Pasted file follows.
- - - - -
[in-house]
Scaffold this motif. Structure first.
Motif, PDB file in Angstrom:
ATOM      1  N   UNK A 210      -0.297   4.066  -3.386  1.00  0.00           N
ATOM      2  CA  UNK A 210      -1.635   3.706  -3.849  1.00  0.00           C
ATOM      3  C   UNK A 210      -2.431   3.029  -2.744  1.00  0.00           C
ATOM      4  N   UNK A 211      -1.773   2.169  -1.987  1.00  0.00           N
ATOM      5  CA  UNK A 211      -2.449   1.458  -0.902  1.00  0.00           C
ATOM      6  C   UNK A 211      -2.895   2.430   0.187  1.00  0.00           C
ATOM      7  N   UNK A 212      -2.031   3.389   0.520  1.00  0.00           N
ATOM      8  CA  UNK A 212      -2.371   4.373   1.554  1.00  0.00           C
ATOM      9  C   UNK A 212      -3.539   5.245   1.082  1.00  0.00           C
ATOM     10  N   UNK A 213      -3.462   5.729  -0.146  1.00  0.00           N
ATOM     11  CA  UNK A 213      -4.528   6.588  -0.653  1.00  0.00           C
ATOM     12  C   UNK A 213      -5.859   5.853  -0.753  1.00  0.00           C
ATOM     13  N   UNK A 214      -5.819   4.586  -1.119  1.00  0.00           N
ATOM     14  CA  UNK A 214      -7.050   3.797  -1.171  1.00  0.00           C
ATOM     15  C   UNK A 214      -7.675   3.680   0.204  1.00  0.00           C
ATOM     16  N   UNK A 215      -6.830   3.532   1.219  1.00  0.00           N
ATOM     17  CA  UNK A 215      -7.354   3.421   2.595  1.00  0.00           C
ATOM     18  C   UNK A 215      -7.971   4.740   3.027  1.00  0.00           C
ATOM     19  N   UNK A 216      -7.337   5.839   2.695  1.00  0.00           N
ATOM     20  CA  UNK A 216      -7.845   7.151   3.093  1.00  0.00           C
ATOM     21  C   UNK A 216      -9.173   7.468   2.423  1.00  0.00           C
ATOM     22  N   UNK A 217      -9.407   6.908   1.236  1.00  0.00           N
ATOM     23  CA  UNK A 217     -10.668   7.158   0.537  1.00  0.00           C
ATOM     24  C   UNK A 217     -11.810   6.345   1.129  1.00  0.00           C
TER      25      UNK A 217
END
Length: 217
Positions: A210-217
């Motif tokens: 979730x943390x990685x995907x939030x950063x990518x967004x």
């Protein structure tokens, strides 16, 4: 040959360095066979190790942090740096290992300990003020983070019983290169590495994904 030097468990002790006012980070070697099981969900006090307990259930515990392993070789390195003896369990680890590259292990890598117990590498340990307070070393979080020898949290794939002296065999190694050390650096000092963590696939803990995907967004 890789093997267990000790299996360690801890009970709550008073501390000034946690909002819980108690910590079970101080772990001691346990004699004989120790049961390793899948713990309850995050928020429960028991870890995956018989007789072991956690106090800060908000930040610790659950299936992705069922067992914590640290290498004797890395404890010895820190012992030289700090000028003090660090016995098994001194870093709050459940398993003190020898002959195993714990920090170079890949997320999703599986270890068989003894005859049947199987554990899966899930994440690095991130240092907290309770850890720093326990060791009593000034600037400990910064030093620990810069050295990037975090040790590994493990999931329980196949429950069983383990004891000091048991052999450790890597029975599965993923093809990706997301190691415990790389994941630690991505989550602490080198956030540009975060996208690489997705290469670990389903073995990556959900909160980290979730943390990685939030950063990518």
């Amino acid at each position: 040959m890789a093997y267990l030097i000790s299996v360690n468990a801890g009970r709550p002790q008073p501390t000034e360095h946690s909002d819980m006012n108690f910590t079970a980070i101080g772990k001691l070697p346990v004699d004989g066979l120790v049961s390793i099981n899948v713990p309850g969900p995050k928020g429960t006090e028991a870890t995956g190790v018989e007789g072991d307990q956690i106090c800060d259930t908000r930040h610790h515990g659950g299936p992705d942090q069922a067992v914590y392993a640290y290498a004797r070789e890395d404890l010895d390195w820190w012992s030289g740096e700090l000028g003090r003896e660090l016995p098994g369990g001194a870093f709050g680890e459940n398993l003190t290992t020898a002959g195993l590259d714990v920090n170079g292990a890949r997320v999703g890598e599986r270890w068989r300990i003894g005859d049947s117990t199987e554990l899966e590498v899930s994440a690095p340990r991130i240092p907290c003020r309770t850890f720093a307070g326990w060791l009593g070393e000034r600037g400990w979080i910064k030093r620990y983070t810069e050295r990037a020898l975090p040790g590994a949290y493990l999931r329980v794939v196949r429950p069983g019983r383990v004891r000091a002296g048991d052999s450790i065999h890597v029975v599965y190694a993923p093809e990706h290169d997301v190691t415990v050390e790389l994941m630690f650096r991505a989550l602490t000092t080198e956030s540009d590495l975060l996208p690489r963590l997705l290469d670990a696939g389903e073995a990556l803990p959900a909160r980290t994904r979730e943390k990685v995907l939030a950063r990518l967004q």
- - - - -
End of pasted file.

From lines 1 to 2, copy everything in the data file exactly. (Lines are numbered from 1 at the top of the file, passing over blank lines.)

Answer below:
[in-house]
Scaffold this motif. Structure first.